To read full article click here: www.wickedcurves.biz/tightlacing-corsets.php
by K. Bright
Tightlacing refers to the practice of wearing a corset regularly to achieve a small hourglass waist. People who tightlace do so for various reasons. Some strive to acheive a natural hourglass figure. Others simply enjoy the sensation of a corset tightly laced around their body. Corsets provide great support for those with chronic back problems, and some wear them regularly for that reason.
A few modern corset enthusiasts have even achieved the classic wasp waist. Cathie Jung holds the current world record for the smallest waist at 15 inches. Pinup models Dita von Teese and Masuimi Max regularly corset down to 16 inches. A 10 inch reduction is possible with prolonged figure training, although one's size and dimensions may limit that to 6-8 inches maximum.
A Brief History of Tightlacing
The "wasp waisted" look dates back to the 19th century, when Victorian women wore corsets on a daily basis and a slim waist was considered the standard of beauty. Corsets and tight lacing fell out of style in the early 20th century, spurred on by the women's sufferage movement as well as the loose, boyish "flapper" clothing of the 1920s.
A resurgence of popularity in the 1950s saw the corset returning to women's wardrobes, appearing on pinup models and celebrities such as Bettie Page, Marilyn Monroe and Sophia Loren. Corsets fell out of favor once again with the women's liberation movement of the 1960s, and tightlacing became regarded as a form of patriarchial oppression.
Medical literature from the 19th century warned of the ill-effects of tight-lacing -- broken ribs, deformed organs, weakened muscles. Opponents of tightlacing cited it as the cause behind everything from hysteria to loose morals to barrenness. The wasp-waisted look seemed relegated to history.
Despite the unfounded negative reputation that corsets have received, they are back in fashion yet again. The negative health effects of tightlacing observed in the 19th century were the result of limited medical knowledge as well as uncomfortable, ill-fitting corsets. Modern science has refuted the notion that tightlacing is harmful to the internal organs, and advances in corsetry have made corsets that are comfortable and well-fitting.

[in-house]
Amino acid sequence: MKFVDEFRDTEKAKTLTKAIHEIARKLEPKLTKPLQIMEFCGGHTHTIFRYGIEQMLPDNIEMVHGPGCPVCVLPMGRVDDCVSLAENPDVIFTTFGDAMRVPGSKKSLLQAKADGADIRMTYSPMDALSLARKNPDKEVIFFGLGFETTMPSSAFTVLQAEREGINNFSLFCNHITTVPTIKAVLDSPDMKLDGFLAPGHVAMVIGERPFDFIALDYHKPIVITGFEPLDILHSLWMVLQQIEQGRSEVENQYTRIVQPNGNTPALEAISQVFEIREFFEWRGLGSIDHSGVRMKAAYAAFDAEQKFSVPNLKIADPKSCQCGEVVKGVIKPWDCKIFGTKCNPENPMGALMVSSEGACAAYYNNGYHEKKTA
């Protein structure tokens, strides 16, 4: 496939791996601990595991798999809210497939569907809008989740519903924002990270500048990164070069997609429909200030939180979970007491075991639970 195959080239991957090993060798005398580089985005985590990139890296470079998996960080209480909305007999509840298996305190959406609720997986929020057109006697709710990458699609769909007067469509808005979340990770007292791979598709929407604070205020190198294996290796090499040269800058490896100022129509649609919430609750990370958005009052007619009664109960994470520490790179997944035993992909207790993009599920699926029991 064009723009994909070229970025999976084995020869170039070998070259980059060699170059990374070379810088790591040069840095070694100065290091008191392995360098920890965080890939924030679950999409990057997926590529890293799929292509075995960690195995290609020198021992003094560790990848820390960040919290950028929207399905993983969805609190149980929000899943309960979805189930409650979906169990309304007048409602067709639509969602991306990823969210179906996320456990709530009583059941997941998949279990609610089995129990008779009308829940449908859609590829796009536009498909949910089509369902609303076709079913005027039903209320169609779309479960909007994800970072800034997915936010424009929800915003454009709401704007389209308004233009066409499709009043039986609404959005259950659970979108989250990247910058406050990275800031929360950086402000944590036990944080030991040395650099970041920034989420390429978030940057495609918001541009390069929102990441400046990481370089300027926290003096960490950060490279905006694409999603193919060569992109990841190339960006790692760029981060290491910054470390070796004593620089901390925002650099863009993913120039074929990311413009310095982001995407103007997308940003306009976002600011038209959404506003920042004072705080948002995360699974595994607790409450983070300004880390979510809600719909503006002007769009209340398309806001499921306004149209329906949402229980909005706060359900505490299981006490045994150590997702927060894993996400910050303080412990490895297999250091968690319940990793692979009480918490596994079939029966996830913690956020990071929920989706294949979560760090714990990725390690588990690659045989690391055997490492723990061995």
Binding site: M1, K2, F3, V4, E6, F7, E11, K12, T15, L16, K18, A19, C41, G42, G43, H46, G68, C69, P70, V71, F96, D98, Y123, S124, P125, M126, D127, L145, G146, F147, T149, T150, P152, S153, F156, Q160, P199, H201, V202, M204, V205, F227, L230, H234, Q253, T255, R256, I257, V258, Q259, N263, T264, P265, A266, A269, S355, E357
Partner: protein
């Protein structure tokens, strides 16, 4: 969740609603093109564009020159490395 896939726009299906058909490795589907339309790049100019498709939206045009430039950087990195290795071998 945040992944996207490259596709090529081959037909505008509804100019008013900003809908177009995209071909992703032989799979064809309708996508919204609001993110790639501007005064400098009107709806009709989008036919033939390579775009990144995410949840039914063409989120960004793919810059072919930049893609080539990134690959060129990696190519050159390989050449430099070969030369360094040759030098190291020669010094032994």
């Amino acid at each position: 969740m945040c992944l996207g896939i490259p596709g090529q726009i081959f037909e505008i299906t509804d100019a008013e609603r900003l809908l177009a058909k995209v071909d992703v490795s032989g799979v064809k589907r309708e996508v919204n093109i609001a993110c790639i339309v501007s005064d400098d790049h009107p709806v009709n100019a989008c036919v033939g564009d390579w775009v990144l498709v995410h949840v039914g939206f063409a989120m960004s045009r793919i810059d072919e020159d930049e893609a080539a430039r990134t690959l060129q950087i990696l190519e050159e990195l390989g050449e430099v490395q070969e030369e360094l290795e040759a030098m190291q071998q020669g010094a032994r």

Corset Tightlacing Tips
Whatever reason you choose to wear a corset, there are a few rules of thumb you should know. If you are wearing a corset for long periods of time, use a corset liner or other tight-fitting breathable garment underneath. Make sure you moisturize your skin beforehand, as dry itchy skin can be a problem when wearing corsets for extended periods.
Tighten your corset gradually. Don't go too tight at first, as it can cause discomfort and possible damage to your corset. Once you've settled into your corset, you may tighten it again. If you feel any pain or discomfort, loosen the corset. Remember, tightlacing should be enjoyable.
Don't eat heavy meals, spicy foods or carbonated beverages when tightly laced. Be sure to drink plenty of water. The tendency to feel full sooner after eating while wearing a corset can be helpful in supporting weight loss goals.
If you're figure training, it will be necessary to wear your corset for at least 12 hours a day. Many dedicated tightlacers wear their corsets nearly 24 hours a day, 7 days a week. It can take at least 1-2 years of daily wear to acheive a permanent waist reduction.
Buying Your First Tight Lacing Corset
Choosing a comfortable, well-made corset is essential. An inexpensive lingerie corset is not suitable for tightlacing. The best option is to have a corset custom made to your measurements. While expensive, a custom made corset will ensure the most comfortable fit. However, a ready-to-wear corset from a reputable manufacturer will make a good and inexpensive starter corset, as long as it properly fits your measurements.
An underbust corset is your best option, as they are less noticable under clothing and more comfortable for everyday wear. A 4 to 6 inch reduction is suitable for a starter corset. Choose a sturdy breathable polyester or cotton-based fabric such as satin. Leather is a good option, although it is much more expensive and not as breathable.
Be sure not to overtighten your new corset, or else it may tear. Break it in gradually, and tighten it just a little bit at a time. Occasional cleaning of your corset will be necessary, depending on the fabric. Do not put your corset in the laundry machine or dryer! Sturdy cotton or polyester fabrics can be carefully hand-washed. Leather will need to be spot cleaned or wiped down with a damp cloth. Hang by the laces to dry.